Sunday, December 4, 2011

December Saturday in Greencastle

This is the first weekend in almost two months when I haven't been either away (Milwaukee, Chicago, two different trips back to Colorado) or entertaining house guests, with all the busy fun that involves. It's my weekend to do whatever I want to do all by myself all day long.

So yesterday I did laundry (long overdue), had breakfast at the Blue Door Cafe (veggie omelet for a change from French toast), and then went to a wonderful cookie sale at the Gobin Methodist church on the edge of campus: you pay for a decorated cookie tin (more of a coffee canister) and don a plastic glove and then wander past tray after tray of decorated cookies of every conceivable kind, making your selections.

After that I went to the Putnam County public library, two blocks from my house (about halfway between my house and the Blue Door) and read for my China conference paper, which is going to focus on the Henry Huggins and Ramona books of Beverly Cleary. I sat in the children's room and skim-read three Henry's in the morning and two Ramona's in the afternoon, after corn chowder at the Blue Door and a few of my cookie-sale cookies back at home for dessert. I could have checked out the books and read them at home; reading them there at the library made me feel like Betsy Ray off to Deep Valley's Carnegie Library (this is a Carnegie Library, too), to read all day in Betsy and Tacy Go Downtown.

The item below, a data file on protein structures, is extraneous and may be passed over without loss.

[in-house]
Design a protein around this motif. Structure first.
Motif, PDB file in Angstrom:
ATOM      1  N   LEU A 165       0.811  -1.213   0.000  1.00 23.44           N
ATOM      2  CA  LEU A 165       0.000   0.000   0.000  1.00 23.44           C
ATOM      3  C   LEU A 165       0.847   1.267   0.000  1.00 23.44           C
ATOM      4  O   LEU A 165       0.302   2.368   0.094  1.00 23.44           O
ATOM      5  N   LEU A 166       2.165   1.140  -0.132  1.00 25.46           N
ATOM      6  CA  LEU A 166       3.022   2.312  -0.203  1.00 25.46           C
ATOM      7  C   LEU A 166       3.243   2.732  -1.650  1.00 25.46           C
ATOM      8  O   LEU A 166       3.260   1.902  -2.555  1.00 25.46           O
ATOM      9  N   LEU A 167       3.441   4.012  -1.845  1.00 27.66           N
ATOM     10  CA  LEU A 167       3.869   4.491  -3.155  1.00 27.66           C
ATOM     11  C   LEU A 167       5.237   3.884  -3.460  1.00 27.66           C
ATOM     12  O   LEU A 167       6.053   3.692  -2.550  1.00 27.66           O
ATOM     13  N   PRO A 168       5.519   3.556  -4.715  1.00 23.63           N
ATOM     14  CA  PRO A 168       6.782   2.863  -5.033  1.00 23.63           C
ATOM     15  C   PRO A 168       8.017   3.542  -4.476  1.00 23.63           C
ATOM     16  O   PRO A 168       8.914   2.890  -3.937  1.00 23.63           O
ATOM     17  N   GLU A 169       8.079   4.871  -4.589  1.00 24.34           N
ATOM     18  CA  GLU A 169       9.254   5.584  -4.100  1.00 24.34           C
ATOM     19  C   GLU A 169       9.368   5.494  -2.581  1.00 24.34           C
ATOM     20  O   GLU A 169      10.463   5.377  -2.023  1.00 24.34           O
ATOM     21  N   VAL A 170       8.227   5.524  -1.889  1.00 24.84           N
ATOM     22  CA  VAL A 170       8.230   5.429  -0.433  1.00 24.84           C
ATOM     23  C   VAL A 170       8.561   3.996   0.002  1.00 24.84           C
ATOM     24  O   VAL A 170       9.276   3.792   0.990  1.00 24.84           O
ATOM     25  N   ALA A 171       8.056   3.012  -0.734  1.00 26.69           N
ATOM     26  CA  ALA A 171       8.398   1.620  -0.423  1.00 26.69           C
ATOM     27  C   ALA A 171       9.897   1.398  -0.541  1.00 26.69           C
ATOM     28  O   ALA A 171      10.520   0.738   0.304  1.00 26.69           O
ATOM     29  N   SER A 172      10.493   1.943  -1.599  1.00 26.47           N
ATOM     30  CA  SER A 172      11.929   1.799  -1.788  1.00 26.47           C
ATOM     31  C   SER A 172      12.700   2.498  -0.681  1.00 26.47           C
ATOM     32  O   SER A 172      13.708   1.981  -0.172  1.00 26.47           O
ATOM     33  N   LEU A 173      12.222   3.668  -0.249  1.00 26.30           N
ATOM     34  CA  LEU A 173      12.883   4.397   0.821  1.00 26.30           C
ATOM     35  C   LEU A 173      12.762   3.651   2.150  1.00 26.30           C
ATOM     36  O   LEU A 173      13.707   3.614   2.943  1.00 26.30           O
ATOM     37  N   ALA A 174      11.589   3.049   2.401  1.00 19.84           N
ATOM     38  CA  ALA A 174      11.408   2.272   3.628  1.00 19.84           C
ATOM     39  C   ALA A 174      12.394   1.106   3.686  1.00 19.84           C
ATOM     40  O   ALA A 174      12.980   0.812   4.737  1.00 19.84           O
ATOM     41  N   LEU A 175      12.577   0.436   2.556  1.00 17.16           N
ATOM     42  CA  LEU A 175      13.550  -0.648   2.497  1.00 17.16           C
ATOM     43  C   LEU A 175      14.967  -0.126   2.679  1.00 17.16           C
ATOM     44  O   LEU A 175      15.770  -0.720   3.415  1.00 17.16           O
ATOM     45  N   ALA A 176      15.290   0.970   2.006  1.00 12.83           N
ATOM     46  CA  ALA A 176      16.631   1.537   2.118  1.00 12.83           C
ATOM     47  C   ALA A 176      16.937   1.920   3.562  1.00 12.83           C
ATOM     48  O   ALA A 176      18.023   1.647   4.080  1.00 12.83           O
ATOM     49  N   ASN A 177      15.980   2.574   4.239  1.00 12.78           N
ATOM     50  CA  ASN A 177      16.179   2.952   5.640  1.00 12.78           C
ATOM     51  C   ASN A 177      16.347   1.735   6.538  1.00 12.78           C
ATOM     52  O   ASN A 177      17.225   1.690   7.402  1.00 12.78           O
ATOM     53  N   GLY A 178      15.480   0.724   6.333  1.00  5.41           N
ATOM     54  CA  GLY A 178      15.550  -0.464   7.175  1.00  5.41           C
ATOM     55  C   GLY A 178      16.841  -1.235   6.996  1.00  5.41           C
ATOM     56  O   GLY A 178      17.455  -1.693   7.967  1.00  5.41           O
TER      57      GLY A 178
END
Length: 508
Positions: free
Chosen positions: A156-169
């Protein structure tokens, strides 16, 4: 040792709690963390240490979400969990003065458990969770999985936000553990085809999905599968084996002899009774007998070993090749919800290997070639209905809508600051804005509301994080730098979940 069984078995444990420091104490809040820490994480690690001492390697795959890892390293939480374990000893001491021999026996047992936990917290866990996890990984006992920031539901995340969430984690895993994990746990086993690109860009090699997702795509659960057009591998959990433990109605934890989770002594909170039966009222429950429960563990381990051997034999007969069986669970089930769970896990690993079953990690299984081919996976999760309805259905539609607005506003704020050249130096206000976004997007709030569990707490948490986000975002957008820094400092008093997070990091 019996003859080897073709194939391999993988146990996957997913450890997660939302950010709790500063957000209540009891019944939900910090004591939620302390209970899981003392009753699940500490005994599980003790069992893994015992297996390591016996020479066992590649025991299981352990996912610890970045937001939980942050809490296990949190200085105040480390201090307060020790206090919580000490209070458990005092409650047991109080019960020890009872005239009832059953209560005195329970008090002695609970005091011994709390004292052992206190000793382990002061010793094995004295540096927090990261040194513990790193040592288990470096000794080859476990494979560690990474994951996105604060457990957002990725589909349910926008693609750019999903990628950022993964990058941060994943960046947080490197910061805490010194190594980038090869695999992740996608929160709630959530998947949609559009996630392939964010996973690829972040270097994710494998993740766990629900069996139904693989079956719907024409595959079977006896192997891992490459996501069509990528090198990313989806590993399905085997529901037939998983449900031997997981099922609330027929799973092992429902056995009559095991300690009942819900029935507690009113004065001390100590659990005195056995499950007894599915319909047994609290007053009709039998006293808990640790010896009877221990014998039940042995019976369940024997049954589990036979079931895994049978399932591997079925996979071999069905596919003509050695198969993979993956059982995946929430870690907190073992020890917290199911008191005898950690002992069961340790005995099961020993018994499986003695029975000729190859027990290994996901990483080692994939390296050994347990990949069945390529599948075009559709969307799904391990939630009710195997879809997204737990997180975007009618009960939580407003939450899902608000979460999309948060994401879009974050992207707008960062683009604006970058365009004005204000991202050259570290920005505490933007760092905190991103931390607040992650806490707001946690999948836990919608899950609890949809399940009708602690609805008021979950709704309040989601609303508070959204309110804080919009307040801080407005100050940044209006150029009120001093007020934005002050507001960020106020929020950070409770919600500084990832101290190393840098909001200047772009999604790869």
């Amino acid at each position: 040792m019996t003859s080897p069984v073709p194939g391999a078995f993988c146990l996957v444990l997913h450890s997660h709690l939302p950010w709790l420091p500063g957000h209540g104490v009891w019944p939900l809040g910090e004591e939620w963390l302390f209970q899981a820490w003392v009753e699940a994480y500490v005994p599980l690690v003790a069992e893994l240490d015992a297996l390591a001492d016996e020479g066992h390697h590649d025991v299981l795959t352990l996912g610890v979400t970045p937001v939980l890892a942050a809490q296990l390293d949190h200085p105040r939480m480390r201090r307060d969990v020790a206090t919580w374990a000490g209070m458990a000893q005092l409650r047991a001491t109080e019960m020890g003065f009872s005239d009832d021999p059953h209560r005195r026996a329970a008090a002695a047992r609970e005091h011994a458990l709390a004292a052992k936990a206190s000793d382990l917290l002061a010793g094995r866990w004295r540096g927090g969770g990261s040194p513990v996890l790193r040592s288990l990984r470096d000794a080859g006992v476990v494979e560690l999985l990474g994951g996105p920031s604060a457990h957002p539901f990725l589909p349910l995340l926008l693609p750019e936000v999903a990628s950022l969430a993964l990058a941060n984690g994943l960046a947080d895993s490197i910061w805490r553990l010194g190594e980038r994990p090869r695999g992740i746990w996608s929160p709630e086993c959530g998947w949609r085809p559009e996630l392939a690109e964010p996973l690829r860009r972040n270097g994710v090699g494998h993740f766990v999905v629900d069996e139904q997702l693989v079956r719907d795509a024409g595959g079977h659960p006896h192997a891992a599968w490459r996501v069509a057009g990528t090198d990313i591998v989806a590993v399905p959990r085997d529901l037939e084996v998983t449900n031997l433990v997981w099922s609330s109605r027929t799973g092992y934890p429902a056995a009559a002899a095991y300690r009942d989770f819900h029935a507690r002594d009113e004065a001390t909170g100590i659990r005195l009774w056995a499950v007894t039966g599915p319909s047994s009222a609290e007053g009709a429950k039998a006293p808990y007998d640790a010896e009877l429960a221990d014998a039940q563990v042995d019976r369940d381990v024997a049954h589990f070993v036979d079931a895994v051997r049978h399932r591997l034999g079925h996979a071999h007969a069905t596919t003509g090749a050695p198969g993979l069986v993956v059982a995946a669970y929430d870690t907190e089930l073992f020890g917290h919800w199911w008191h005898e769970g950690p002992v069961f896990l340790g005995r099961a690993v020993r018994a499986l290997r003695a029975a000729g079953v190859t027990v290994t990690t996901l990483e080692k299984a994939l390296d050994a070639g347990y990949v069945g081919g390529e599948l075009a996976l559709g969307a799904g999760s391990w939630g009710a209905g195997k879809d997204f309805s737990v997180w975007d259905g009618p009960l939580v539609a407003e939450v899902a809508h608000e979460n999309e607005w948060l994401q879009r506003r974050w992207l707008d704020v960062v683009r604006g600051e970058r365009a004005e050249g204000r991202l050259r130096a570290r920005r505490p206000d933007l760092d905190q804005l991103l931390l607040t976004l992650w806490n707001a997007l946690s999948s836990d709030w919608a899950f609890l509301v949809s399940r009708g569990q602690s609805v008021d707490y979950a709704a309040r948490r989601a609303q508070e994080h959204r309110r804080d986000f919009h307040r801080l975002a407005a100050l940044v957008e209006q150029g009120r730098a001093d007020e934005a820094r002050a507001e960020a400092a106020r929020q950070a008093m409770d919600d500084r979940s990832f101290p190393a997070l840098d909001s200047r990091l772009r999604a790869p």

After that I met with two students to help them with their Rousseau papers, and then had dinner with another first-year faculty member, Rachel from Conflict Studies: we both love "sides" rather than meals, so that's what we had. And then we went together to an incredible gospel service by the DePauw gospel choir, held at the beautifully decorated Gobin church. "This is not a concert," the young woman who welcomed us announced. "This is a praise and worship service! Prepare to get up on your feet and praise His holy name!" And wow, it was indeed impossible to sit still and remain unmoved by the music that followed and the passionate intensity with which it was offered.

And then I came home and put on my nightgown by 8 p.m. and read Janet Lambert's 1941 teen novel, Star-Spangled Summer: she was born and raised in Crawfordsville, Indiana, just north of here, and as you know, I now love all things connected in any way with my new state.

So that was my sweet December Saturday in Greencastle.

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